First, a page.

By Sangeeta Mangubhai

For a small country with less than a million people, it is no small feat for Fiji to take on the responsibility of hosting the United Nations Ocean Conference (UNOC) in New York, 5-9 June, 2017, in partnership with the Government of Sweden.

The last six months has given me remarkable insights into the hard work and energy that goes into hosting an international meeting like UNOC. Everything has to be discussed and negotiated, and this is the one place where people really care about the fine print. There is a constant pushing and pulling about what commitments will be made, and countries have to decide what to showcase at UNOC to demonstrate they are talking actions to implement Sustainable Development Goal 14 (SDG14) on our Oceans.

But the thing that has been refreshing is the way the government has consulted with and actively engaged their non-government partners in the buildup to UNOC. There have been hours and hours of dialogue, meetings and workshops to prepare and give inputs. Yes we have not always agreed, and there has been lively debate – but that is what is needed if we are to truly tackle the challenges of wisely using and managing our ocean.

Together government and their non-government partners identified and drafted 17 voluntary commitments towards the protection and sustainable management of our ocean. These cover a wide diversity of topics from marine managed areas, including locally managed marine areas, integrated coastal management, coastal fisheries, gender and fisheries, grouper spawning aggregations, turtles, sharks, and whales.

Of noteworthy is the Government’s commitment to expand marine managed areas in Fiji to the scale needed, and connecting ridge-to-reef or integrated coastal management with marine spatial planning efforts including in the Fiji’s premier wilderness area, the Vatu-i-Ra Seascape.

But is it all enough? The answer is no – there is still a lot of work ahead of us, and making a statement on commitment is the easy part. The hard work is of course implementing actions effectively, and living up the partnerships that have formed around UNOC. Despite having moments of doubt, with today’s 16 commitment announcement for Fiji, around a diversity of ocean issues, I suddenly feel hopeful that we are moving forward in the right direction.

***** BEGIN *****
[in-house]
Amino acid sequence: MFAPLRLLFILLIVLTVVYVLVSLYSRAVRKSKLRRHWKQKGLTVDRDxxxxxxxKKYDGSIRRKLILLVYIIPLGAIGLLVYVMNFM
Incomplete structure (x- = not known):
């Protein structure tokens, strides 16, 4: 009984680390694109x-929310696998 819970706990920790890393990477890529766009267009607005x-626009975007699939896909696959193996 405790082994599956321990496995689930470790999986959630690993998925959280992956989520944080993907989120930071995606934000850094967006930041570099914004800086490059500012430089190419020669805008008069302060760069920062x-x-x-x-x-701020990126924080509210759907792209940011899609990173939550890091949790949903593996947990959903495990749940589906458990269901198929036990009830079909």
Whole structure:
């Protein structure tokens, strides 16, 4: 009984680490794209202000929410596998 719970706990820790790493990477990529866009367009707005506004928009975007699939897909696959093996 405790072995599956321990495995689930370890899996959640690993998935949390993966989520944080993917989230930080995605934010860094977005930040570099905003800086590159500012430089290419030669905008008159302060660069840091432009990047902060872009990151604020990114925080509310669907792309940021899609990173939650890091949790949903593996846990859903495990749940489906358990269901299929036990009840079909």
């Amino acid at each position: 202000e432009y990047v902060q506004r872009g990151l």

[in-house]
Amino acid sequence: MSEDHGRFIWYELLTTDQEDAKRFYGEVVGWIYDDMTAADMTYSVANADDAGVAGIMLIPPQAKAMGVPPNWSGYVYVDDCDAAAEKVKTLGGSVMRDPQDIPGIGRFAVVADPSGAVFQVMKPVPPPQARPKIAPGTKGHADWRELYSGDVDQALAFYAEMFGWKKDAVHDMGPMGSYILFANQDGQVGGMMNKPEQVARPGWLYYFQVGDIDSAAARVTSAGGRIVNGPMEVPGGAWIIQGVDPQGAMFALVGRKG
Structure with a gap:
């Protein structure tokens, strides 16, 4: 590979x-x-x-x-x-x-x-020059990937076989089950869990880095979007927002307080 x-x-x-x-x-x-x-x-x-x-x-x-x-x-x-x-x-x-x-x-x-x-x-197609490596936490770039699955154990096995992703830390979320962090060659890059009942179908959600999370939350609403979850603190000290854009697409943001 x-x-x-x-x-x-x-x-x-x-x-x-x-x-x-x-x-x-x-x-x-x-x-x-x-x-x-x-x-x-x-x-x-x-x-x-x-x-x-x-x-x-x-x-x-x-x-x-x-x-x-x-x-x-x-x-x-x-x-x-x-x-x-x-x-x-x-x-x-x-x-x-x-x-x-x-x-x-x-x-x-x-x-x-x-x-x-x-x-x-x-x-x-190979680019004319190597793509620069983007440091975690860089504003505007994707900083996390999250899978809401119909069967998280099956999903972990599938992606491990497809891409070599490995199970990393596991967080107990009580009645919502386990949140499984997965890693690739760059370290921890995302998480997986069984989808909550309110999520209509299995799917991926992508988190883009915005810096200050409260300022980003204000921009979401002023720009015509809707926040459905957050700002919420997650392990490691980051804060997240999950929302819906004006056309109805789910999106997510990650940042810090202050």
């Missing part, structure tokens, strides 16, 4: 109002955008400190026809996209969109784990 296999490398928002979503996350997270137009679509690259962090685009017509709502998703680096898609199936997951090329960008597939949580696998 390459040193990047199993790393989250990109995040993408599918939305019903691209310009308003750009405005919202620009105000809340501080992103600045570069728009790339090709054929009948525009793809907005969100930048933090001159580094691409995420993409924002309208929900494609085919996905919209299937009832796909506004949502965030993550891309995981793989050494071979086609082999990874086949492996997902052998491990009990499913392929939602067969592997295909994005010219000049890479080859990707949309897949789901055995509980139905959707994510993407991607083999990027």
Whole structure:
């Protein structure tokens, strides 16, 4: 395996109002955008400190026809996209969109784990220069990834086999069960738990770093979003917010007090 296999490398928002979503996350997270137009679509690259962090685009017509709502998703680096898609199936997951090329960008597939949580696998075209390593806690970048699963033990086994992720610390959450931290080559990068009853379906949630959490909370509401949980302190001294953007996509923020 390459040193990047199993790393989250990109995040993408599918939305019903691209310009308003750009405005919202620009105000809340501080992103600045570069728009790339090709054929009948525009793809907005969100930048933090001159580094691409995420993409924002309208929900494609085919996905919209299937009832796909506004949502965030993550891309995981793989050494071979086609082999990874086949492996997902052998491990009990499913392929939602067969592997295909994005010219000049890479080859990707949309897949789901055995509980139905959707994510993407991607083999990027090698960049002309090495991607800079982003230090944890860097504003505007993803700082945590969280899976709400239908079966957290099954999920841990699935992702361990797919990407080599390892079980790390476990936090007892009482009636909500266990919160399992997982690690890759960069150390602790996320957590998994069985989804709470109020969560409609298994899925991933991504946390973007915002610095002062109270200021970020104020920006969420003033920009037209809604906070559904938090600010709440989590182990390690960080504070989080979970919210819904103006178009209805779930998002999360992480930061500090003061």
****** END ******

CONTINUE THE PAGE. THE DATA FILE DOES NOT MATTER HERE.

The Wildlife Conservation Society’ Fiji Country Program was proud to sign up to 9 national and regional voluntary commitments on:

  1. Expansion of Large Scale Marine Managed Areas in Fiji: https://oceanconference.un.org/commitments/?id=19904#sthash.t2iONZRs.dpuf
  2. Integrated Coastal Management to Preserve Ecosystems Services, Improve Climate Resilience and Sustain Livelihoods in Fiji: https://oceanconference.un.org/commitments/?id=19984#sthash.jVqBR8yh.dpuf
  3. Delivering Improved Coastal Fisheries Management Services in Fiji: https://oceanconference.un.org/commitments/?id=19929#sthash.SLV6J0Z0.dpuf
  4. Promoting Gender Equality in Sustainable Fisheries Management and Development in Fiji: https://oceanconference.un.org/commitments/?id=19964#sthash.sYIFQ2jx.dpuf
  5. The Conservation and Management of Sea Turtles within Fijian Waters: https://oceanconference.un.org/commitments/?id=19909#sthash.3cabu0a9.dpuf
  6. Conservation and Management of all Species of Sharks and Rays and their Critical Habitats within Fijian Waters: https://oceanconference.un.org/commitments/?id=19999#sthash.7ChH4PKk.dpuf
  7. Protection and Management of All Marine Mammal Species in Fiji: https://oceanconference.un.org/commitments/?id=19959#sthash.EJPGIGvj.dpuf
  8. Protecting, conserving and restoring whale populations in the Pacific islands: https://oceanconference.un.org/commitments/?id=16006#sthash.oX1wBQTQ.dpuf
  9. Protecting spawning groupers: safeguarding food security and livelihoods for Fijians https://oceanconference.un.org/commitments/?id=14327